Dictator, murderer, revolutionary, ruthless leader of Cuba who defied the USA through the course of 11 presidents — whatever moniker you may choose to attach to the man’s identity, there is no denying that the 20th century would tell a very different story, if not for the mark that Fidel Alejandro Castro Ruz left upon it.

Today, we mark the end of his life’s tale. His brother, Raul Castro made the announcement from Havana, Cuba saying that at 22:29 hours, the “commander in chief of the Cuban revolution” had taken his last breath.

The news, sudden as it may be, isn’t hard to swallow given his legacy and, of course, the fact that Castro had turned 90 earlier in August this year. But still, it might leave you a little surprised as to why the news of a political figure’s death has turned up on the website of a luxury watch magazine. For what it’s worth, we’ll keep it strictly about the watches, cool?

The answer to the question posed here, could very well already be internally within you, that is, if you are a regular reader of Jake Ehrlich’s massive online Rolex encyclopedia, called RolexMagazine.com

It is on Jake’s website that many of us would have first seen images of Castro sporting some choice Rolex watches, such as a Submariner, a GMT-Master and even a peculiar gold Datejust, fitted on a Presidential Rolex bracelet.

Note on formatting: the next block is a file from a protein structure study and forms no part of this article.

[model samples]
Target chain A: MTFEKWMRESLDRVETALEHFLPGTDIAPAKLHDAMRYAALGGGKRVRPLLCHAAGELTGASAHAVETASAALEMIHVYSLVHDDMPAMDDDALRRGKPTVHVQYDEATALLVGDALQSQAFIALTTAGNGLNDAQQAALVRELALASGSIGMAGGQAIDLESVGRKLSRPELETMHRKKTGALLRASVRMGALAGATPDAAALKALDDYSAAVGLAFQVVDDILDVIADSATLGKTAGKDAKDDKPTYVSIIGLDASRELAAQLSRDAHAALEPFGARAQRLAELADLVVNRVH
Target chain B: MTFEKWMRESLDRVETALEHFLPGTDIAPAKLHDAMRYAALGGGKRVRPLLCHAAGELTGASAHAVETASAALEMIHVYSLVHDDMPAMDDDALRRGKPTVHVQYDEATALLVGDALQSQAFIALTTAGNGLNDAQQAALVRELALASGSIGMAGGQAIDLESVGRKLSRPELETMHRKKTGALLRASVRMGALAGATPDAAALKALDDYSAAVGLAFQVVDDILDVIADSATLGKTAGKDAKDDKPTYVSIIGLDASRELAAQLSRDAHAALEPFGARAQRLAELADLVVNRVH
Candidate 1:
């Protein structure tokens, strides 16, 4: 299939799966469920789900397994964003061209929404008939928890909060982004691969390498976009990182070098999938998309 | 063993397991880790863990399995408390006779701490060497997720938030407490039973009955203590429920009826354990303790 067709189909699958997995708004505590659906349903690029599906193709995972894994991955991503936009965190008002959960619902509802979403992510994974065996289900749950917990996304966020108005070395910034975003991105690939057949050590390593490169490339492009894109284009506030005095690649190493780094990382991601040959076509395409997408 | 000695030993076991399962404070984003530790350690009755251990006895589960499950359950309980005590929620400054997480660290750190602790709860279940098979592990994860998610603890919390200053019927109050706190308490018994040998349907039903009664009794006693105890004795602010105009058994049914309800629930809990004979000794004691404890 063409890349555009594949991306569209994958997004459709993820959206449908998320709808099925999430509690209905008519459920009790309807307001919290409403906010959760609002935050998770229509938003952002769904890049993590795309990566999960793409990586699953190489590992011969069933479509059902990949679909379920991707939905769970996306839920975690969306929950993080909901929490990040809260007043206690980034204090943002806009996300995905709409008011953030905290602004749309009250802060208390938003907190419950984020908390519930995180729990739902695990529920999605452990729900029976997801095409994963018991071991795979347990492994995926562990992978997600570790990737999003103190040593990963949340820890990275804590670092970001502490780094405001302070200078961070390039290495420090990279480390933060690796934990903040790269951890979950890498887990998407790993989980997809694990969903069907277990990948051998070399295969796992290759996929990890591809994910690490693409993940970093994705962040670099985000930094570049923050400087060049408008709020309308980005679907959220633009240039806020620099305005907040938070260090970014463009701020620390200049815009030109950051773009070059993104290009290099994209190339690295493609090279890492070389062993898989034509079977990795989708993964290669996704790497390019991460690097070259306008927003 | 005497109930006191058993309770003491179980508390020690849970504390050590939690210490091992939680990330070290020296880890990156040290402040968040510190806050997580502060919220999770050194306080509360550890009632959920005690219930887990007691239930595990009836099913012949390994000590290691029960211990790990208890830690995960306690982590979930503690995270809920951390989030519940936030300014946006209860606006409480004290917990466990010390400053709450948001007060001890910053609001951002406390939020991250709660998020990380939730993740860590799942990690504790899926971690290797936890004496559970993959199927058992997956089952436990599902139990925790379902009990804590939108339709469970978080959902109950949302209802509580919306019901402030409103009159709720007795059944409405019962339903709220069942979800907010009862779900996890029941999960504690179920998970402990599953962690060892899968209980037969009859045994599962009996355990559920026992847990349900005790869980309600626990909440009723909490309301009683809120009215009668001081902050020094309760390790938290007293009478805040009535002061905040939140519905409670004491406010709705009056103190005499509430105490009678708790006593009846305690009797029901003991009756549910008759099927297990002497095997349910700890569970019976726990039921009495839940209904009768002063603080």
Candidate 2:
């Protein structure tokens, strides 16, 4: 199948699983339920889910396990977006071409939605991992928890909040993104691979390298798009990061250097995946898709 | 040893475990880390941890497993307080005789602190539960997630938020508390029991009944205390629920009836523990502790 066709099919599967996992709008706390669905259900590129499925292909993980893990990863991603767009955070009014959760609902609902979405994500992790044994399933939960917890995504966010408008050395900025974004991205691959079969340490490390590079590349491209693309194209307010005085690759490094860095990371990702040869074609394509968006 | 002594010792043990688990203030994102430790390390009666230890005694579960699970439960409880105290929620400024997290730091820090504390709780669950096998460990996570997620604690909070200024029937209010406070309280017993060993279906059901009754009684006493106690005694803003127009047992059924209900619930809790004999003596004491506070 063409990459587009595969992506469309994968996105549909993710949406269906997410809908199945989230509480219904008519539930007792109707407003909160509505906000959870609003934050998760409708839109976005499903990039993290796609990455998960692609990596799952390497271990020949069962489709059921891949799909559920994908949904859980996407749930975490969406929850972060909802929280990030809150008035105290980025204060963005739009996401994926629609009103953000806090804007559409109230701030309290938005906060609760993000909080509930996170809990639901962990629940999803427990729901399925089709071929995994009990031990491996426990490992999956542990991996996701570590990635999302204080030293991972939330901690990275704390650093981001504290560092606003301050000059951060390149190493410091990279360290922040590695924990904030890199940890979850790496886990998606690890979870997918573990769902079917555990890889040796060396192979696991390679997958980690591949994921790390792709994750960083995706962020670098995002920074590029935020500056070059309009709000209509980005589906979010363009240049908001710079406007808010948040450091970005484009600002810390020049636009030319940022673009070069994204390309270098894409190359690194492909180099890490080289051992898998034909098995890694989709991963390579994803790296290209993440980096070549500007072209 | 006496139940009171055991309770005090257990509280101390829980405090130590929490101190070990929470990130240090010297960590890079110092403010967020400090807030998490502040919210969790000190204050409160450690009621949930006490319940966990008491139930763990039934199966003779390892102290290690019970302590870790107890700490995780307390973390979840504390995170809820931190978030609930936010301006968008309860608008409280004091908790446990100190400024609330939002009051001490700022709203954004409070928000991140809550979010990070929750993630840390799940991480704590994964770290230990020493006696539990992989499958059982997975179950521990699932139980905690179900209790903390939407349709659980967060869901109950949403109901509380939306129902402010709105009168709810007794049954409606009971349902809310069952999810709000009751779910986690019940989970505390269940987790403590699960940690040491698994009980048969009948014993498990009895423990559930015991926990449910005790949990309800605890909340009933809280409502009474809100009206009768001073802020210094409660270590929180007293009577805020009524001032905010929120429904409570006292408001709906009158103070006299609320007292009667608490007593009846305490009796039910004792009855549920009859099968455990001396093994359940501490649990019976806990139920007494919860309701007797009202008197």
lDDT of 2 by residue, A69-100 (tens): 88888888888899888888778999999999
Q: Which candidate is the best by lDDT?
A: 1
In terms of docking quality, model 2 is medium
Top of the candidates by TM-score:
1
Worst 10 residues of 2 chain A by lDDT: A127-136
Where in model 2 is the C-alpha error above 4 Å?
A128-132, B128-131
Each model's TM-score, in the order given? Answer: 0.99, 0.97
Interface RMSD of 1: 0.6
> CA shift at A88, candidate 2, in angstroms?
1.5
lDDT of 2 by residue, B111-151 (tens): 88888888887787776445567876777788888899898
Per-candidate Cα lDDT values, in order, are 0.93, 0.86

Jake’s even brought to light the unforgettable image of Castro sitting across a table with Nikita Khrushchev (former Premier of the Soviet Union) at the Kremlin, lighting his cigar with, not one, but two Rolexes on his left wrist. To be precise, his GMT-Master and his Datejust. There are other instances of this “double wristing” phenomenon cited by means of photographs on Jake’s site.

Such images convey power — power that Castro wielded to its full effect. Of course, the Rolexes on the wrist — what more wearing two Rolexes on the same wrist (possibly pried off the wrists of his victims) — adds to his image of power in our minds. But let’s be reminded that this was the 60s, a time in which, more than luxury, Rolex represented the idea of an infallible timekeeper; a tool, reliable to a fault.

Therein, it is feasible to suggest that Castro’s choice of Rolex was simply the outcome of a need to wear the best timekeeper of that period. Not necessarily a choice he made as a display of power.

This little theory can be further substantiated by the fact that as of the 70s, when quartz and digital watches came on the scene, Castro was then hardly spotted with his Rolexes any more. Instead opting for the newer braver technology for his choice of watches. In this time, Castro’s even been photographed wearing two, nominal, digital watches on the same wrist — suggesting that the behavior could’ve been nothing more than a mere idiosyncrasy (or again, the multiple watches pried off his victims).

Choice of watches aside (or how many he wore at a time, or where he obtained them from),  and whatever you may have uttered when you first heard the news of Castro’s death — good riddance or rest in peace — what is for certain is that yet another massive chapter of the 20th century has finally come to a quite and silent end.